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Crop Advice & Expertise

How to keep cereal disease in check this May in the Midlands

Ben Giles discusses options for cereal disease control in the Midlands with his crystal ball and eye on the weather forecast.

Crop Progress

Crops were looking pretty well as this is written in the third week of April, but we’ve only had 2mm of rain in April so far at our trials site at Hinton Waldrist, near Oxford, which is not clever and considerably less than 12 months ago in this region.

So while crops have fared well up to this point that’s going to change unless there is some moisture in the next fortnight which at the moment isn’t looking particularly likely. That’s mainly for the nitrogen which is lying on the surface, and without it being washed in, crops are going to be hungry.

That’s the bigger concern at the moment, much more so than disease. There’s a little bit of yellow rust in a few wheat varieties, which has been curbed back by the frosts more than I was expecting, and Septoria is virtually non-existent. Where it is present it is on older leaves and with a little bit of rain could take off, but with more resistant varieties in the ground that will help people out no end.

There is also likely to be a smaller gap between wheat T1 and T2, as the colder weather has delayed leaf three emergence. Some T1s might not be applied until early May, but flag leaf emergence will still likely be around 20-something of May as it will race through growth stages. If you’ve done a half-decent T1 it should stay protected quite easily between the two sprays.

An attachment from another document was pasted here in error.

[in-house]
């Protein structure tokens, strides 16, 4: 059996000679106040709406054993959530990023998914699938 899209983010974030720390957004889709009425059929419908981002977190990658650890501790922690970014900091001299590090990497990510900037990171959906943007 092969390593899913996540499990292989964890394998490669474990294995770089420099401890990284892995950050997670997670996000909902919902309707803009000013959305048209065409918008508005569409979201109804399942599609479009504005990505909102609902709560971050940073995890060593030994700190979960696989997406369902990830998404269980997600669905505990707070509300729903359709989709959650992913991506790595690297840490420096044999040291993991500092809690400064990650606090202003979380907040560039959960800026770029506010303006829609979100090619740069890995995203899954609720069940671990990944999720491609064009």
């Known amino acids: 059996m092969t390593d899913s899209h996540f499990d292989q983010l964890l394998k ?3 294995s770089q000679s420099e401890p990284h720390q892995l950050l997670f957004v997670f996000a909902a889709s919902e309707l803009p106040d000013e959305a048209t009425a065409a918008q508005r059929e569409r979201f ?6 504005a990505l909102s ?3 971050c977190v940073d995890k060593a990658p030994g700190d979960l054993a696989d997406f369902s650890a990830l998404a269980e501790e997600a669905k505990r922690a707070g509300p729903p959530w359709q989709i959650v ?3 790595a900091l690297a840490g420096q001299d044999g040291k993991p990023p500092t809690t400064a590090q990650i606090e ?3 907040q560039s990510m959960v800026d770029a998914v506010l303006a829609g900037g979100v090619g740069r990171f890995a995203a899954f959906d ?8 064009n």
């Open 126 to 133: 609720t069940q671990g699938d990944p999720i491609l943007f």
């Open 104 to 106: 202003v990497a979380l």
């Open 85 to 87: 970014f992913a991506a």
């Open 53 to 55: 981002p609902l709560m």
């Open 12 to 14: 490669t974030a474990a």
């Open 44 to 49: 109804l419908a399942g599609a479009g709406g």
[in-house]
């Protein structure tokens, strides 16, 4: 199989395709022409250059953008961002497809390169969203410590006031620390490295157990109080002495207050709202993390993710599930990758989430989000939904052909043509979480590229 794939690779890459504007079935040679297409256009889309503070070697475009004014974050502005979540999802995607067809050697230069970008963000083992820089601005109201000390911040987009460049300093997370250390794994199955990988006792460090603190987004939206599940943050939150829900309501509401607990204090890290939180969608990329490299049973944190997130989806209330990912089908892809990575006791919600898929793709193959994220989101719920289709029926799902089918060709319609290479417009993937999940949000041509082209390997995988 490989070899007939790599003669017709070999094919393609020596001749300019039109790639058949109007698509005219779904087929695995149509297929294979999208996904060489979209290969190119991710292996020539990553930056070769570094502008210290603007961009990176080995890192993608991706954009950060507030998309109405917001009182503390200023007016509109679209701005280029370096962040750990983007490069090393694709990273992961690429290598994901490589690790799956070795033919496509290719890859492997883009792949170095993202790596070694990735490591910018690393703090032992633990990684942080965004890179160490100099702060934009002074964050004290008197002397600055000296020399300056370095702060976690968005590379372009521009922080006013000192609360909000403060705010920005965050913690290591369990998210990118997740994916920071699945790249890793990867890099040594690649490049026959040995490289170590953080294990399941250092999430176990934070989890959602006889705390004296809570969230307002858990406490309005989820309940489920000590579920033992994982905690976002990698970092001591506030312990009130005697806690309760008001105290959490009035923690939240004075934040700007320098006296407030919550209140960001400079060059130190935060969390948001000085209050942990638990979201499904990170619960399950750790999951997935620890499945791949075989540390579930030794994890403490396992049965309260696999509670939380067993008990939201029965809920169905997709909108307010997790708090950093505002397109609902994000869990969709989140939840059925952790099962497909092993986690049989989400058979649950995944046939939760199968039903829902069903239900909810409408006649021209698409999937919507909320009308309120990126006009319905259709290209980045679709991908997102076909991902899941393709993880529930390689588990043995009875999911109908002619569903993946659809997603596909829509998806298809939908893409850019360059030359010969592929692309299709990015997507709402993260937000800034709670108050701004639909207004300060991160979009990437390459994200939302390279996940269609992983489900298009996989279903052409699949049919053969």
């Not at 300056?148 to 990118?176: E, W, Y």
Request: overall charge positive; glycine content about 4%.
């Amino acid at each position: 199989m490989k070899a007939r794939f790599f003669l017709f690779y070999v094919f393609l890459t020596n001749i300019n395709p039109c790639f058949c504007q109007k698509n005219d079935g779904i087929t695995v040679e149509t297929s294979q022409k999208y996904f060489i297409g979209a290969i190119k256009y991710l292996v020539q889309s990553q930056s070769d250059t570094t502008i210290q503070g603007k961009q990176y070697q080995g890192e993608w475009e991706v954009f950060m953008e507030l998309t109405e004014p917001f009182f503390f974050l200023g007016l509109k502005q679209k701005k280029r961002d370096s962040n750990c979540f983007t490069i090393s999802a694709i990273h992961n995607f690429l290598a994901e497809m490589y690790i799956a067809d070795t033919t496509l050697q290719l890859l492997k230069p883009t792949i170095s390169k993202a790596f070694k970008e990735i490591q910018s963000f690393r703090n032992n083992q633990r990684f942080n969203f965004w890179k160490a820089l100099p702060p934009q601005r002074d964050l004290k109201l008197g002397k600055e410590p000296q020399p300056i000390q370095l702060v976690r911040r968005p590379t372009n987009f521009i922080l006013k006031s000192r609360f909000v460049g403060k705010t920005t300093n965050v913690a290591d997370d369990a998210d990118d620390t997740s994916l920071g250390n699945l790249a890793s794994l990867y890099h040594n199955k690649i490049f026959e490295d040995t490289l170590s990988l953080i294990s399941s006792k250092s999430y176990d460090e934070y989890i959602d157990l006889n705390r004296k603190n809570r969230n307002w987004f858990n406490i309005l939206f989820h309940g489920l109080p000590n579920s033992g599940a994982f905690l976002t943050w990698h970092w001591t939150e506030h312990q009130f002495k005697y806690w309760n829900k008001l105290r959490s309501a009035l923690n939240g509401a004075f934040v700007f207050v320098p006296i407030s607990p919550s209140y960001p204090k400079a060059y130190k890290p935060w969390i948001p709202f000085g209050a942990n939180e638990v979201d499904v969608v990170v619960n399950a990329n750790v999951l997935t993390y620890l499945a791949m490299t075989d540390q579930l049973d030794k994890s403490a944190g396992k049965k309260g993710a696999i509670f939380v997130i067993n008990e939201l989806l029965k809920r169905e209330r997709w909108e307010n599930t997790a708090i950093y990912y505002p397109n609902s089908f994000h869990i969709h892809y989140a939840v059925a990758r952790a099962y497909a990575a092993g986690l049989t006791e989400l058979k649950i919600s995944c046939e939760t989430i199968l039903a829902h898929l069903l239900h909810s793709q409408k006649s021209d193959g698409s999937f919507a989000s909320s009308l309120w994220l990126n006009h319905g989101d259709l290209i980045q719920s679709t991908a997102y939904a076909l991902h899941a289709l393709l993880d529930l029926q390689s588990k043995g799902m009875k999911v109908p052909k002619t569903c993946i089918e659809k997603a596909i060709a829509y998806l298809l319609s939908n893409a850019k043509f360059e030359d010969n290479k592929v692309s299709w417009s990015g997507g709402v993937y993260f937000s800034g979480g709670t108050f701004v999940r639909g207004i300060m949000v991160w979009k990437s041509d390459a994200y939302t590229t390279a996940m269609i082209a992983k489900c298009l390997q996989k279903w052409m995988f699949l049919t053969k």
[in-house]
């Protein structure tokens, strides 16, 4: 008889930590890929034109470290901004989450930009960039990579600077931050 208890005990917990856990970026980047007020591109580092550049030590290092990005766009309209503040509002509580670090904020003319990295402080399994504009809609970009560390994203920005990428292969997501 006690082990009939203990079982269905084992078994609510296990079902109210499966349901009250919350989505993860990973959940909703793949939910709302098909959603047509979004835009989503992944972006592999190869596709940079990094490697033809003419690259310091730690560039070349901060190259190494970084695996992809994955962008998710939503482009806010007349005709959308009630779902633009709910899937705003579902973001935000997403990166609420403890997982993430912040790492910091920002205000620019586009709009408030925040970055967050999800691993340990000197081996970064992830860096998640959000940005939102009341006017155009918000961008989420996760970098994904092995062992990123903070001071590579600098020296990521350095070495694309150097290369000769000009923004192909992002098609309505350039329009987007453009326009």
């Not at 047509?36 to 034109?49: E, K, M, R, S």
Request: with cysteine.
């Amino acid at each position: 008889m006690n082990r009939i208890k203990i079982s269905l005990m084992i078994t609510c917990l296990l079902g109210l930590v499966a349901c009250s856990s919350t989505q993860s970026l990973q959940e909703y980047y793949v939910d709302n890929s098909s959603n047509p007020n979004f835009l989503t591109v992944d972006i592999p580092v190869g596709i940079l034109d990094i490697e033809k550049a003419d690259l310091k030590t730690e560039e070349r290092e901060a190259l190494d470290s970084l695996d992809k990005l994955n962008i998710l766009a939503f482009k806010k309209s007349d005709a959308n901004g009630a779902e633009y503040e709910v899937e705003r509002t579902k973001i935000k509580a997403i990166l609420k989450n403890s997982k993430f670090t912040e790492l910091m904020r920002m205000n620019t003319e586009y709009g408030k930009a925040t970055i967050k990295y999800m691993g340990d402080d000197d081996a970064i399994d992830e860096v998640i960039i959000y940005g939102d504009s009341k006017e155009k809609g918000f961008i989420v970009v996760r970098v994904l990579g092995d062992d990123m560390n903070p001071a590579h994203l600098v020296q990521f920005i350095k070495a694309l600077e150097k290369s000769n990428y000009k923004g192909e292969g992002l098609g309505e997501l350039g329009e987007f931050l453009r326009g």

Oilseed rape was growing well, with fewer losses to cabbage stem flea beetle larvae than I expected, but the frosts in April have kicked seven bells out of some crops and stopped it in its tracks. While cool and dry conditions mean Sclerotinia risk is low there is a lot of light leaf spot in some crops, even in tebuconazole-treated more resistant varieties.


Ben’s agronomy tips for May

1. Tailor T2 sprays to conditions

At the moment it doesn’t look like there will be massive disease pressure at T2. The weather will have to have changed considerably for there to be a serious Septoria problem, as there’s very little inoculum around to build that pressure.

Still with a month to go as this is written things can change. Last year when it was also very dry in April and especially May, yield responses were driven almost entirely by yellow rust and not Septoria, with the exception of greening caused by the dry spell.

While yellow rust control can be achieved fairly cheaply, there is an argument for having a reasonable amount of a SDHI fungicide in the mix for its greening effects, as we saw some yield benefits from this last year.

If there is a lot of disease by T2 decisions are easiest – it’s a decent amount of Ascra (bixafen + fluopyram + prothioconazole) or stepping up to the new stuff.